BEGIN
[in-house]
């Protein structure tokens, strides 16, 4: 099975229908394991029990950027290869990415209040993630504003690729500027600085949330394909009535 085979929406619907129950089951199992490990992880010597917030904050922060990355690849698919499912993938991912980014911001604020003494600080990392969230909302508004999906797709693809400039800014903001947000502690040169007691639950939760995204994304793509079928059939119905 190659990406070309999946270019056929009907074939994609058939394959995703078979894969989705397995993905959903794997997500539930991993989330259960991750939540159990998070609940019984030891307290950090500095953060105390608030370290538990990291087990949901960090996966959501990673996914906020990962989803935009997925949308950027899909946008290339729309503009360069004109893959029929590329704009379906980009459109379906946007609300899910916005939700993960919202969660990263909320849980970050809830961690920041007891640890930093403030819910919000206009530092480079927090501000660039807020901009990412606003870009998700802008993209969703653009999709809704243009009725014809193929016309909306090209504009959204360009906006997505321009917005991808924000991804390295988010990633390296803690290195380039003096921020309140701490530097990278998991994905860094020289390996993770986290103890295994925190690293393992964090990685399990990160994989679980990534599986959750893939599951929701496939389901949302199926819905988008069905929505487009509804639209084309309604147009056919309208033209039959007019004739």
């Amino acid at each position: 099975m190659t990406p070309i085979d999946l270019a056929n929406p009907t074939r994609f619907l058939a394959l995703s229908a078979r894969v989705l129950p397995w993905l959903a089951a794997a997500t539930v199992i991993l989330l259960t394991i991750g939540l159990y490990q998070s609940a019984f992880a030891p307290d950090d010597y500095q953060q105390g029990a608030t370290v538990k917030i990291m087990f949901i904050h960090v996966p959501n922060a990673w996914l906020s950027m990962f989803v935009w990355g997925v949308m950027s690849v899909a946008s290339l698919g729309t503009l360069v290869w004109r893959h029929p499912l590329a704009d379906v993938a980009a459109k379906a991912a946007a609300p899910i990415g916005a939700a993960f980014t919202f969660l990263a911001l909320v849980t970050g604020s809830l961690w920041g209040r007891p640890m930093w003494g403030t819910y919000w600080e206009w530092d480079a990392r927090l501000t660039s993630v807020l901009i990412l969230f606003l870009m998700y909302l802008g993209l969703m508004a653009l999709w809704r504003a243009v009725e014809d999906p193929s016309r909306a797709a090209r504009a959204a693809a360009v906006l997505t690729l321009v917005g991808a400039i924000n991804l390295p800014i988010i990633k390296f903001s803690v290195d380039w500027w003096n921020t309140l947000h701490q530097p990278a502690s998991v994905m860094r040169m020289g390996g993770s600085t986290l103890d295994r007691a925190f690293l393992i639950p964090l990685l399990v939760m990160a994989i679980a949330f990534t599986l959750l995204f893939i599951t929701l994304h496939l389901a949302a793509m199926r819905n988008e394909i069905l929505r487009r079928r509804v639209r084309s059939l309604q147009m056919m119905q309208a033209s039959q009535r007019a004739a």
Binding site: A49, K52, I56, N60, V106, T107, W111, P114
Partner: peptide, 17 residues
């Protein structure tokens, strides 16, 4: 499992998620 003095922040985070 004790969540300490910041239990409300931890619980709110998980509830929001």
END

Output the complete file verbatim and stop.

[in-house]
């Protein structure tokens, strides 16, 4: 099975229908394991029990950027290869990415209040993630504003690729500027600085949330394909009535 085979929406619907129950089951199992490990992880010597917030904050922060990355690849698919499912993938991912980014911001604020003494600080990392969230909302508004999906797709693809400039800014903001947000502690040169007691639950939760995204994304793509079928059939119905 190659990406070309999946270019056929009907074939994609058939394959995703078979894969989705397995993905959903794997997500539930991993989330259960991750939540159990998070609940019984030891307290950090500095953060105390608030370290538990990291087990949901960090996966959501990673996914906020990962989803935009997925949308950027899909946008290339729309503009360069004109893959029929590329704009379906980009459109379906946007609300899910916005939700993960919202969660990263909320849980970050809830961690920041007891640890930093403030819910919000206009530092480079927090501000660039807020901009990412606003870009998700802008993209969703653009999709809704243009009725014809193929016309909306090209504009959204360009906006997505321009917005991808924000991804390295988010990633390296803690290195380039003096921020309140701490530097990278998991994905860094020289390996993770986290103890295994925190690293393992964090990685399990990160994989679980990534599986959750893939599951929701496939389901949302199926819905988008069905929505487009509804639209084309309604147009056919309208033209039959007019004739």
């Amino acid at each position: 099975m190659t990406p070309i085979d999946l270019a056929n929406p009907t074939r994609f619907l058939a394959l995703s229908a078979r894969v989705l129950p397995w993905l959903a089951a794997a997500t539930v199992i991993l989330l259960t394991i991750g939540l159990y490990q998070s609940a019984f992880a030891p307290d950090d010597y500095q953060q105390g029990a608030t370290v538990k917030i990291m087990f949901i904050h960090v996966p959501n922060a990673w996914l906020s950027m990962f989803v935009w990355g997925v949308m950027s690849v899909a946008s290339l698919g729309t503009l360069v290869w004109r893959h029929p499912l590329a704009d379906v993938a980009a459109k379906a991912a946007a609300p899910i990415g916005a939700a993960f980014t919202f969660l990263a911001l909320v849980t970050g604020s809830l961690w920041g209040r007891p640890m930093w003494g403030t819910y919000w600080e206009w530092d480079a990392r927090l501000t660039s993630v807020l901009i990412l969230f606003l870009m998700y909302l802008g993209l969703m508004a653009l999709w809704r504003a243009v009725e014809d999906p193929s016309r909306a797709a090209r504009a959204a693809a360009v906006l997505t690729l321009v917005g991808a400039i924000n991804l390295p800014i988010i990633k390296f903001s803690v290195d380039w500027w003096n921020t309140l947000h701490q530097p990278a502690s998991v994905m860094r040169m020289g390996g993770s600085t986290l103890d295994r007691a925190f690293l393992i639950p964090l990685l399990v939760m990160a994989i679980a949330f990534t599986l959750l995204f893939i599951t929701l994304h496939l389901a949302a793509m199926r819905n988008e394909i069905l929505r487009r079928r509804v639209r084309s059939l309604q147009m056919m119905q309208a033209s039959q009535r007019a004739a």
Binding site: A49, K52, I56, N60, V106, T107, W111, P114
Partner: peptide, 17 residues
């Protein structure tokens, strides 16, 4: 499992998620 003095922040985070 004790969540300490910041239990409300931890619980709110998980509830929001």